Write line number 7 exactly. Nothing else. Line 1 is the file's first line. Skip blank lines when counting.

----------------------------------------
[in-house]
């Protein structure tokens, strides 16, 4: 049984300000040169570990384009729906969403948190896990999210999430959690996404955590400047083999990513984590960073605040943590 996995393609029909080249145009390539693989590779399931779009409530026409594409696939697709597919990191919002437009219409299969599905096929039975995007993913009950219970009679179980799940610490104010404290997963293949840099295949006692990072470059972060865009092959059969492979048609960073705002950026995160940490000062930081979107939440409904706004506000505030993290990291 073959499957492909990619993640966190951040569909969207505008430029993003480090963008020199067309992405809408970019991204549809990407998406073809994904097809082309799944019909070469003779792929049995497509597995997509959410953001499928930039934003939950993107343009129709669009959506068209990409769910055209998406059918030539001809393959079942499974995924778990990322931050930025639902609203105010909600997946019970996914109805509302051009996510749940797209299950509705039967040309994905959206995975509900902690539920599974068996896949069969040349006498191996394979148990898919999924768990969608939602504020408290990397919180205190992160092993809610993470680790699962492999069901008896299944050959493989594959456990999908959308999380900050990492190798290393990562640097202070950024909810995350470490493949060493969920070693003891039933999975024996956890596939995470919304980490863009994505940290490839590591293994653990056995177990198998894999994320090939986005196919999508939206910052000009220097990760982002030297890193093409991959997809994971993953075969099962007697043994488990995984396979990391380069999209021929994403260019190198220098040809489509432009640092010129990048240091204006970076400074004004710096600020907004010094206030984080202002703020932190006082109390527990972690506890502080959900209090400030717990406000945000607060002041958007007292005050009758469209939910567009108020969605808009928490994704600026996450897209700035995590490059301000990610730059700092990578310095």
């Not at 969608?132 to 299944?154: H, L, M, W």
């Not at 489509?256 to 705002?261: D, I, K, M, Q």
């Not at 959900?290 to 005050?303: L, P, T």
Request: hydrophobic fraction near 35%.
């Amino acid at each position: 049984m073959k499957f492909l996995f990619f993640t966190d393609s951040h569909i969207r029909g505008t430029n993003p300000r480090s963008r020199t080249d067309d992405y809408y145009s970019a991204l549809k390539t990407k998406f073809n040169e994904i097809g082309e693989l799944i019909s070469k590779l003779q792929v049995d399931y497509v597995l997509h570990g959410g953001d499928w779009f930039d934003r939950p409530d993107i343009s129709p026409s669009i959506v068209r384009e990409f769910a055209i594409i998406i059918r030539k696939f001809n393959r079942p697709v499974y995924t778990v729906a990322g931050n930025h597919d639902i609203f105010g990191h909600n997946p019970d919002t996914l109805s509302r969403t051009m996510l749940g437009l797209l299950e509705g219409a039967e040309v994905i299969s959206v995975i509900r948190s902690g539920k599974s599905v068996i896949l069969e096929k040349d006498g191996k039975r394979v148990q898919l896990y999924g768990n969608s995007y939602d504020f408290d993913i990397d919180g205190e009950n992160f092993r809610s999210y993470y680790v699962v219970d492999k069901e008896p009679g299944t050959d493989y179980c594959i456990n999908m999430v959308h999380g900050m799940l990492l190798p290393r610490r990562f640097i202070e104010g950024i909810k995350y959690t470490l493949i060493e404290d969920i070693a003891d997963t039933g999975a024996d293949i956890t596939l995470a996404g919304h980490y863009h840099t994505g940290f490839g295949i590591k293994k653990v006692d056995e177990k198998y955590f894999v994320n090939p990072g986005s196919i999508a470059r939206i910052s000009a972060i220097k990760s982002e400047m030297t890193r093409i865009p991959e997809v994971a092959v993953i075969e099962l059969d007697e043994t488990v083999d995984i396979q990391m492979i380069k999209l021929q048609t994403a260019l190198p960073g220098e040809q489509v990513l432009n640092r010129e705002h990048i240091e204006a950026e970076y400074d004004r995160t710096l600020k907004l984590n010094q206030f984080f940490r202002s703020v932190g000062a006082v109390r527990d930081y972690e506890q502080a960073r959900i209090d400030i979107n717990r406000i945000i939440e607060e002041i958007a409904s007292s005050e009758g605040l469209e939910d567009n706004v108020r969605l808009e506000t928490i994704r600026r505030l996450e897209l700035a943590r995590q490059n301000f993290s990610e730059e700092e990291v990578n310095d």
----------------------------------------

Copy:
């Amino acid at each position: 049984m073959k499957f492909l996995f990619f993640t966190d393609s951040h569909i969207r029909g505008t430029n993003p300000r480090s963008r020199t080249d067309d992405y809408y145009s970019a991204l549809k390539t990407k998406f073809n040169e994904i097809g082309e693989l799944i019909s070469k590779l003779q792929v049995d399931y497509v597995l997509h570990g959410g953001d499928w779009f930039d934003r939950p409530d993107i343009s129709p026409s669009i959506v068209r384009e990409f769910a055209i594409i998406i059918r030539k696939f001809n393959r079942p697709v499974y995924t778990v729906a990322g931050n930025h597919d639902i609203f105010g990191h909600n997946p019970d919002t996914l109805s509302r969403t051009m996510l749940g437009l797209l299950e509705g219409a039967e040309v994905i299969s959206v995975i509900r948190s902690g539920k599974s599905v068996i896949l069969e096929k040349d006498g191996k039975r394979v148990q898919l896990y999924g768990n969608s995007y939602d504020f408290d993913i990397d919180g205190e009950n992160f092993r809610s999210y993470y680790v699962v219970d492999k069901e008896p009679g299944t050959d493989y179980c594959i456990n999908m999430v959308h999380g900050m799940l990492l190798p290393r610490r990562f640097i202070e104010g950024i909810k995350y959690t470490l493949i060493e404290d969920i070693a003891d997963t039933g999975a024996d293949i956890t596939l995470a996404g919304h980490y863009h840099t994505g940290f490839g295949i590591k293994k653990v006692d056995e177990k198998y955590f894999v994320n090939p990072g986005s196919i999508a470059r939206i910052s000009a972060i220097k990760s982002e400047m030297t890193r093409i865009p991959e997809v994971a092959v993953i075969e099962l059969d007697e043994t488990v083999d995984i396979q990391m492979i380069k999209l021929q048609t994403a260019l190198p960073g220098e040809q489509v990513l432009n640092r010129e705002h990048i240091e204006a950026e970076y400074d004004r995160t710096l600020k907004l984590n010094q206030f984080f940490r202002s703020v932190g000062a006082v109390r527990d930081y972690e506890q502080a960073r959900i209090d400030i979107n717990r406000i945000i939440e607060e002041i958007a409904s007292s005050e009758g605040l469209e939910d567009n706004v108020r969605l808009e506000t928490i994704r600026r505030l996450e897209l700035a943590r995590q490059n301000f993290s990610e730059e700092e990291v990578n310095d």